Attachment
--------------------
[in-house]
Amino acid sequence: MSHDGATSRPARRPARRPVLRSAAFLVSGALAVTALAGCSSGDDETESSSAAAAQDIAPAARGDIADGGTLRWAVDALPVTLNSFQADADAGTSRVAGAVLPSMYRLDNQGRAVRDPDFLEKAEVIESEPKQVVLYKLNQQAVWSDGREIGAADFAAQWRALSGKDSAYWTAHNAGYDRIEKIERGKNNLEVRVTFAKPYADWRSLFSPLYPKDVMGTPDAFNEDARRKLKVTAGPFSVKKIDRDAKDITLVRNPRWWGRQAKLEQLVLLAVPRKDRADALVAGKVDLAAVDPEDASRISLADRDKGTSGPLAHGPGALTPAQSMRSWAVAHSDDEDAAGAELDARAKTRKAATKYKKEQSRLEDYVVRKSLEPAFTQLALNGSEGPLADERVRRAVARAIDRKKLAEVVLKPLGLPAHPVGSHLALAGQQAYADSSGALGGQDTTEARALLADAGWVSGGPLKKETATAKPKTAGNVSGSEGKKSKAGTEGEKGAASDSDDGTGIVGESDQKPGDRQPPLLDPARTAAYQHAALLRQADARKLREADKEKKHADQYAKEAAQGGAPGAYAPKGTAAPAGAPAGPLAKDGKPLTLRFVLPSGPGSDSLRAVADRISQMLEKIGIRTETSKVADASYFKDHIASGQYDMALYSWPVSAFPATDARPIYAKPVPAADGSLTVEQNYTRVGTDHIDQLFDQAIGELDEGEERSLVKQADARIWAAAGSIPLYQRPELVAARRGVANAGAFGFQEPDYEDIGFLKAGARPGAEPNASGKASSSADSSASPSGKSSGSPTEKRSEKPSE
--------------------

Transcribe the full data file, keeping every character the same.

[in-house]
Amino acid sequence: MSHDGATSRPARRPARRPVLRSAAFLVSGALAVTALAGCSSGDDETESSSAAAAQDIAPAARGDIADGGTLRWAVDALPVTLNSFQADADAGTSRVAGAVLPSMYRLDNQGRAVRDPDFLEKAEVIESEPKQVVLYKLNQQAVWSDGREIGAADFAAQWRALSGKDSAYWTAHNAGYDRIEKIERGKNNLEVRVTFAKPYADWRSLFSPLYPKDVMGTPDAFNEDARRKLKVTAGPFSVKKIDRDAKDITLVRNPRWWGRQAKLEQLVLLAVPRKDRADALVAGKVDLAAVDPEDASRISLADRDKGTSGPLAHGPGALTPAQSMRSWAVAHSDDEDAAGAELDARAKTRKAATKYKKEQSRLEDYVVRKSLEPAFTQLALNGSEGPLADERVRRAVARAIDRKKLAEVVLKPLGLPAHPVGSHLALAGQQAYADSSGALGGQDTTEARALLADAGWVSGGPLKKETATAKPKTAGNVSGSEGKKSKAGTEGEKGAASDSDDGTGIVGESDQKPGDRQPPLLDPARTAAYQHAALLRQADARKLREADKEKKHADQYAKEAAQGGAPGAYAPKGTAAPAGAPAGPLAKDGKPLTLRFVLPSGPGSDSLRAVADRISQMLEKIGIRTETSKVADASYFKDHIASGQYDMALYSWPVSAFPATDARPIYAKPVPAADGSLTVEQNYTRVGTDHIDQLFDQAIGELDEGEERSLVKQADARIWAAAGSIPLYQRPELVAARRGVANAGAFGFQEPDYEDIGFLKAGARPGAEPNASGKASSSADSSASPSGKSSGSPTEKRSEKPSE